Report touts MLR savingsNews added by Benefits Pro on May 14, 2014

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By Kathryn Mayer

A new report touts the Patient Protection and Affordable Care Act’s medical loss ratio provision, saying it’s saved consumers more than $3 billion in 2011 and 2012.

Half of the amount was returned to consumers in rebates by carriers, a report out Tuesday from the Commonwealth Fund found. Carriers also reduced profits and spending on brokers’ fees, marketing and other administrative items to the tune of $1.4 billion.

Under the MLR rule, in effect since 2011 — and met with criticism from the insurance industry — carriers are required to spend 80 percent (for small-group and individual plans) or 85 percent (for large-group plans) of premiums on actual medical care and quality improvement activities.

The report said consumer rebates fell from $1 billion in 2011 to $513 million in 2012, indicating more carriers now are in compliance with the provision. Consumer rebates dropped most substantially in the large-group market, falling 71 percent, from $388 million in 2011 to $111 million in 2012, as plans came into compliance, according to the report. During the same period, rebates dropped 50 percent in the individual market and 30 percent in the small-group market.

Broker expenses, which amount to about 3 percent of premiums, fell by almost $300 million across all three markets in 2012, the report found.
Researchers examined carriers’ filings with the Centers for Medicare and Medicaid Services.

Commonwealth Fund President David Blumenthal said the MLR requirement “creates a higher-value insurance product for consumers” and ensures a substantial portion of their premium dollar pays for medical care, as opposed to administrative costs and profits.

“It also encourages insurers to improve the care their customers receive, by investing in initiatives that will help achieve better outcomes for patients,” Blumenthal said.

At the same time, the report said, the MLR rule hasn’t led to significantly reduced competition among carriers. The report said there were at least 500 carriers, each covering 1,000 or more lives, in each of the individual, small-group, and large-group markets in 2012 — “a small reduction from 2011, but in line with the way insurance markets have been consolidating over a number of years.”

“The Affordable Care Act has changed how health insurance is bought, sold, and managed and, on balance, those changes have produced substantial benefits for consumers without harming insurance markets,” said Michael McCue, a Virginia Commonwealth University researcher who was the lead author of the Commonwealth Fund report. “In its first two years, the MLR requirement contributed to a significant reduction in insurance administrative costs, a major source of health care cost growth in the United States.”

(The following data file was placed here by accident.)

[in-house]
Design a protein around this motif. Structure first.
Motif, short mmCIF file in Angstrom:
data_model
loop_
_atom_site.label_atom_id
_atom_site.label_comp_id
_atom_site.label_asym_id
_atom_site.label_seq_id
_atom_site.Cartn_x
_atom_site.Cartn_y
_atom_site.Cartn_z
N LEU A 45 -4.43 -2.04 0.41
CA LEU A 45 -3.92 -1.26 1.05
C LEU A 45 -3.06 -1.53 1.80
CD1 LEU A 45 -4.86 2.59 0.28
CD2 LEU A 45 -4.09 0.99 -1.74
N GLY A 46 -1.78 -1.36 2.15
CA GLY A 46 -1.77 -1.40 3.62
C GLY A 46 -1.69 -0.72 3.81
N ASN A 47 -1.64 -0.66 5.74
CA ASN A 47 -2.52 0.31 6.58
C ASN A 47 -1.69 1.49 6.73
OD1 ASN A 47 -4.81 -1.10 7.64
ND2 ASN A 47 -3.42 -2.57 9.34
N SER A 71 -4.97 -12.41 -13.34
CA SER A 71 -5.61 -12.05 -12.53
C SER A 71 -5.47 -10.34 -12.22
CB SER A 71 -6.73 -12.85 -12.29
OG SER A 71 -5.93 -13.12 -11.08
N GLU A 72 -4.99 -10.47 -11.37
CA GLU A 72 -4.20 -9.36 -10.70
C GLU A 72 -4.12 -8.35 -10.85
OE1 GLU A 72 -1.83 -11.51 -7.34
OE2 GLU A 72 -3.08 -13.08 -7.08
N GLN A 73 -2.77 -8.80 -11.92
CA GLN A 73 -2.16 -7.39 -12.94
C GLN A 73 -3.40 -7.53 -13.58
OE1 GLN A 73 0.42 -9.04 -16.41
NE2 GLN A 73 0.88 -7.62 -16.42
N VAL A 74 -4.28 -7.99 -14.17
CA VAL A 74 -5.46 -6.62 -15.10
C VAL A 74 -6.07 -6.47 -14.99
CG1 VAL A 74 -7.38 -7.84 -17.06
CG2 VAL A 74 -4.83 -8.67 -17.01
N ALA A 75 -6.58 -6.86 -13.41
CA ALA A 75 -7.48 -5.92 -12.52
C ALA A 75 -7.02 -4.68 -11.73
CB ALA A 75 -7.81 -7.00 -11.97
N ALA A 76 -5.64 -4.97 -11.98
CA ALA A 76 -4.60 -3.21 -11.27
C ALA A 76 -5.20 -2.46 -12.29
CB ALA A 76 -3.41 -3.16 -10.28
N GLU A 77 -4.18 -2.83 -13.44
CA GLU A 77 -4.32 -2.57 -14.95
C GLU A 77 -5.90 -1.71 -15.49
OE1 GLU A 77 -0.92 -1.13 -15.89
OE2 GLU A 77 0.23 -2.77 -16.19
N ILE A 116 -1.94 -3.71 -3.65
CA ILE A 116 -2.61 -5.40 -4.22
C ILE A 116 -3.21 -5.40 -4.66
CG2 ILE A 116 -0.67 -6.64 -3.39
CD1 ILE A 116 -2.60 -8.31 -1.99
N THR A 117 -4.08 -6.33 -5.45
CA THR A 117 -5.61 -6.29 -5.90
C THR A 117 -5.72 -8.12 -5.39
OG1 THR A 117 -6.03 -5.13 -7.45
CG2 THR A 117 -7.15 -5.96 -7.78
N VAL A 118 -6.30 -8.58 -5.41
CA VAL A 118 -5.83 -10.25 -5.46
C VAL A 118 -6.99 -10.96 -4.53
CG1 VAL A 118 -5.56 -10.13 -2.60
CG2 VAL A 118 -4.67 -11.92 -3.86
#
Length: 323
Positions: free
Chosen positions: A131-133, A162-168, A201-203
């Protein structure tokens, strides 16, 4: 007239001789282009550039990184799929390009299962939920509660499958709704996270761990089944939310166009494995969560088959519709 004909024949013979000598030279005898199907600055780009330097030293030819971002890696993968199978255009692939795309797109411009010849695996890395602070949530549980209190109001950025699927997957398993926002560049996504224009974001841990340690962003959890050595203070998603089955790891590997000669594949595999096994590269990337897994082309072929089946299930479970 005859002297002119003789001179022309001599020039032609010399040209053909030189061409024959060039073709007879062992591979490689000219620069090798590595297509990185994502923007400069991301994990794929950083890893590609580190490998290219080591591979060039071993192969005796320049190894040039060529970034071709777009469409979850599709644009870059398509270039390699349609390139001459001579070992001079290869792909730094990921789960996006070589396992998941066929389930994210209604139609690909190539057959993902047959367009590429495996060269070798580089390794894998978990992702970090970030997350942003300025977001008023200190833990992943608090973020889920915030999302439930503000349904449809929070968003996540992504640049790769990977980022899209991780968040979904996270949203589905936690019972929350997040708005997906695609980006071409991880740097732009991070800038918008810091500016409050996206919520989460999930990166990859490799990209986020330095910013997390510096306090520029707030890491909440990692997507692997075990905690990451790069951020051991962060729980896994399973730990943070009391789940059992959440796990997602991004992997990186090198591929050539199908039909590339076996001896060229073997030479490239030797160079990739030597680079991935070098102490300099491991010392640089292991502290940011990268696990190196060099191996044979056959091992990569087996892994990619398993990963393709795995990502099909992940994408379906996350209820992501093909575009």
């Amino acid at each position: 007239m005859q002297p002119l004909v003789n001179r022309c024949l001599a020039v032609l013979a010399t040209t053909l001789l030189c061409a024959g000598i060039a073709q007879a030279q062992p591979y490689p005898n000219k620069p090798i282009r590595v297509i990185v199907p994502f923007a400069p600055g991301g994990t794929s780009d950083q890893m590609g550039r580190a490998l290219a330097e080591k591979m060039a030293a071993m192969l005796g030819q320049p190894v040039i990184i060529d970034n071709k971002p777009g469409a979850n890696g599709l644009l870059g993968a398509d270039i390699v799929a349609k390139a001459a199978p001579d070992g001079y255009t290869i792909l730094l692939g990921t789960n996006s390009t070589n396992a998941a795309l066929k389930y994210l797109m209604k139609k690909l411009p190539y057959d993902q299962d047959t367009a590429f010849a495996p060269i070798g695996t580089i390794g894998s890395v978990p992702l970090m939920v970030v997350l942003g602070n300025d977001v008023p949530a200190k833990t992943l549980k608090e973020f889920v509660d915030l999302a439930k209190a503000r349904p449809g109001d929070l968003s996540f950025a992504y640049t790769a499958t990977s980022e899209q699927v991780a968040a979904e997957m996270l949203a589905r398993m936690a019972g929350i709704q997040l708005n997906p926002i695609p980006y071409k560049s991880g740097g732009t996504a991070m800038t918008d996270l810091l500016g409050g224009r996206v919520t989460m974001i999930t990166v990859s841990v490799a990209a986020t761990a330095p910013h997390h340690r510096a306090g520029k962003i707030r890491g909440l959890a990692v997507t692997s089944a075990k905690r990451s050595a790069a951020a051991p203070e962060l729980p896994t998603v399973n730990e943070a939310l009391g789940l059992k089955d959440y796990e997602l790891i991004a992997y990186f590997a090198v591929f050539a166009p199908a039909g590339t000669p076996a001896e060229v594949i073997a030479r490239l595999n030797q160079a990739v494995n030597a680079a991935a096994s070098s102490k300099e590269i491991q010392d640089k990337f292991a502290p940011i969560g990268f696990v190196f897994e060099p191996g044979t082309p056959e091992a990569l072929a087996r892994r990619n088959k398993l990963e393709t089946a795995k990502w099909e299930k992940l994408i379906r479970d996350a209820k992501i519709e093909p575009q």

The report, though, like the MLR provision itself, garnered criticism from those in the industry.

Industry groups have argued that the impact of the MLR rules on agents and brokers has been damaging since many insurance carriers have significantly cut their agent compensation to comply with the regulations.

"Carriers have met much of their requirement for the MLR on the back of agents and brokers who provide year round assistance to their clients, a service worth much more to some who experience real claim problems or who have difficulty accessing their benefits because a service has been denied," said John Greene, vice president of congressional affairs at the National Association of Health Underwriters.

"While some see this provision as working, it has come at a steep price for hard working agents, who act as consumer advocates and advisors. By destabilizing the agent and broker commissions, the MLR provision puts many Americans at risk,” he said.

Industry experts also have warned the MLR rule could lead to accelerated consolidation of the health insurance industry, and stifling competition.

America’s Health Insurance Plans agreed with NAHU that the MLR requirement is doing nothing to help consumers.

“The medical loss ratio requirement does nothing to address the main drivers of health care costs and puts an arbitrary cap on what health plans spend on a variety of programs and services that improve the quality and safety of patient care,” said AHIP spokeswoman Clare Krusing. “Moreover, the health care reform law’s $100 billion health insurance tax will cause premium increases that exceed the value of prospective rebates.”

The Commonwealth research itself found carriers were still spending relatively little on initiatives that could improve quality of care. According to the report, spending on activities to improve patient care didn’t change year to year, reflecting less than 1 percent of premiums in both 2011 and 2012.

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